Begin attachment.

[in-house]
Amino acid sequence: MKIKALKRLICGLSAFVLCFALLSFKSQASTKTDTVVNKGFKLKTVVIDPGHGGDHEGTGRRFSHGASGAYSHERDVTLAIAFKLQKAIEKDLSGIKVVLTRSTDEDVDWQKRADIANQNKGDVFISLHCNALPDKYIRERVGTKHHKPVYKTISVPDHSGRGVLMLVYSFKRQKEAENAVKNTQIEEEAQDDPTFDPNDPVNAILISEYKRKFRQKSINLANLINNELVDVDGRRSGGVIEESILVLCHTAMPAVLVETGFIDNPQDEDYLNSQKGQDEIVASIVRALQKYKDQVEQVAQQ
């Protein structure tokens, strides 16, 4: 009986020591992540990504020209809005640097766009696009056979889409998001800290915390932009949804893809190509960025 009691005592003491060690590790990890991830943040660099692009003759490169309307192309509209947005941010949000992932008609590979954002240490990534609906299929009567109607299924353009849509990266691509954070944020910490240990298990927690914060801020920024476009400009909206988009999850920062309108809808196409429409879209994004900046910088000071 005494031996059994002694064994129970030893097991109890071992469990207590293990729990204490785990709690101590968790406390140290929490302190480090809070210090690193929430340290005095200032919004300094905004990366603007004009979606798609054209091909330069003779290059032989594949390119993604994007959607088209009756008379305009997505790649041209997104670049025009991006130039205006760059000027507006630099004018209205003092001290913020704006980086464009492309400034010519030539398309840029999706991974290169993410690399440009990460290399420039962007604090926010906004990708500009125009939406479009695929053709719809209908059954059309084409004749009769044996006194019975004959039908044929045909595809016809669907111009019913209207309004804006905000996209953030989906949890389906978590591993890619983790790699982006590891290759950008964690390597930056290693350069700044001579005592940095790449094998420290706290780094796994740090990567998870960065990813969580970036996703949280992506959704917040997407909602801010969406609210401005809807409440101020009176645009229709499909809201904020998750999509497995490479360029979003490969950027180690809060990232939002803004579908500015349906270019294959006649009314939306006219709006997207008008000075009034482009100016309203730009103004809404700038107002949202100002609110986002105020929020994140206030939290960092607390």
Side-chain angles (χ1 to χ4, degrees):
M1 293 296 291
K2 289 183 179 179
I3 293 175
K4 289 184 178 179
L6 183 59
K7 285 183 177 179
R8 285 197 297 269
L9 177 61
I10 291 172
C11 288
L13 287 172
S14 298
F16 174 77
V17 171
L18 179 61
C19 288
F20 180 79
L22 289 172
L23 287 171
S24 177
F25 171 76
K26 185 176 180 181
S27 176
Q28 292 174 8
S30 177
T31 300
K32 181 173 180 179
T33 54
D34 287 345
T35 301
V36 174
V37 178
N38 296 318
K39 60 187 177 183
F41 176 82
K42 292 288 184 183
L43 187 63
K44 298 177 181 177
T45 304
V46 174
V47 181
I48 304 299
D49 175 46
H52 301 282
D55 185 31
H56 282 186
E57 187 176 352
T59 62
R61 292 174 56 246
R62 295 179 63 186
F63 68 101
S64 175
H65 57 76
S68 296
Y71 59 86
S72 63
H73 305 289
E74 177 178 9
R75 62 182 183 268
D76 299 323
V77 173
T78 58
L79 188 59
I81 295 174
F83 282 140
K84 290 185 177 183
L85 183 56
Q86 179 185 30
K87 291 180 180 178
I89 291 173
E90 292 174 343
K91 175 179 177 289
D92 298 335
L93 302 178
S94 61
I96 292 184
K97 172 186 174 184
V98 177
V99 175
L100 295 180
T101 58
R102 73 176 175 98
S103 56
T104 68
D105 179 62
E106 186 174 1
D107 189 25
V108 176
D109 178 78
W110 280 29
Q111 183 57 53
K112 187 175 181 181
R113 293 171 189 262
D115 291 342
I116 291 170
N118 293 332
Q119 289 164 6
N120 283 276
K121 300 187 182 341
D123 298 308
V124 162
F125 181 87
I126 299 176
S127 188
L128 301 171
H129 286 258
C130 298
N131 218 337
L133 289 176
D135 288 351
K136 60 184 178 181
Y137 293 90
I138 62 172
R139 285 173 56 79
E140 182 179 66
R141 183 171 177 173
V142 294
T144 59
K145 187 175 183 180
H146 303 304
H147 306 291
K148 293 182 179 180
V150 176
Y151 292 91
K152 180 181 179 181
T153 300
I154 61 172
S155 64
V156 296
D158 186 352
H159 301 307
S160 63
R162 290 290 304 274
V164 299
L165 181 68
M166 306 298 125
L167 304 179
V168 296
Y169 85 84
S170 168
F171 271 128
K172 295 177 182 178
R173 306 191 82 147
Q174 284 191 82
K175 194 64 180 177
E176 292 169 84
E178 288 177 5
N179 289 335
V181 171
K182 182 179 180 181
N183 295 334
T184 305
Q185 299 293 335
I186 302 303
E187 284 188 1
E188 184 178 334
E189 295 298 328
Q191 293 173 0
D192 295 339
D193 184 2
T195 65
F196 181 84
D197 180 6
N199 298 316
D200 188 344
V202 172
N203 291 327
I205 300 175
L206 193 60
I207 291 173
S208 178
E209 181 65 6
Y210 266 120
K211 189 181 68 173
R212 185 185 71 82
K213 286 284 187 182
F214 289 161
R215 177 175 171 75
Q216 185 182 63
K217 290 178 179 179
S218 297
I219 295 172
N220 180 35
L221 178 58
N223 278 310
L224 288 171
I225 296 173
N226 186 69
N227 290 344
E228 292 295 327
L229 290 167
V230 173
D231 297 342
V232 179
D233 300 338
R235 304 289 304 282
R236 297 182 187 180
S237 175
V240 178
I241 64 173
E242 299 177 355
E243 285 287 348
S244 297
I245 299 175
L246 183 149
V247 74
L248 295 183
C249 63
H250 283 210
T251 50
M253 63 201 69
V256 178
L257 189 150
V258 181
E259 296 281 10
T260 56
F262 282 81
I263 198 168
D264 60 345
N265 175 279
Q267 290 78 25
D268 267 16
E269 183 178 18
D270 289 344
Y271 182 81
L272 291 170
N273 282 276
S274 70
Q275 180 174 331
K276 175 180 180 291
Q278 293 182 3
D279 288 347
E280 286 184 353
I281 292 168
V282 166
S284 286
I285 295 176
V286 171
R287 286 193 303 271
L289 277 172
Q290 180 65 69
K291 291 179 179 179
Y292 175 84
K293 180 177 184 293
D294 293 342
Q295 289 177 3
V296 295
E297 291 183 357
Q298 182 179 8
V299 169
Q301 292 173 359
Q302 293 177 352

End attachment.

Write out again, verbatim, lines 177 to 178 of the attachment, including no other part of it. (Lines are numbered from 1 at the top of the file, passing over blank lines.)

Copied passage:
Y210 266 120
K211 189 181 68 173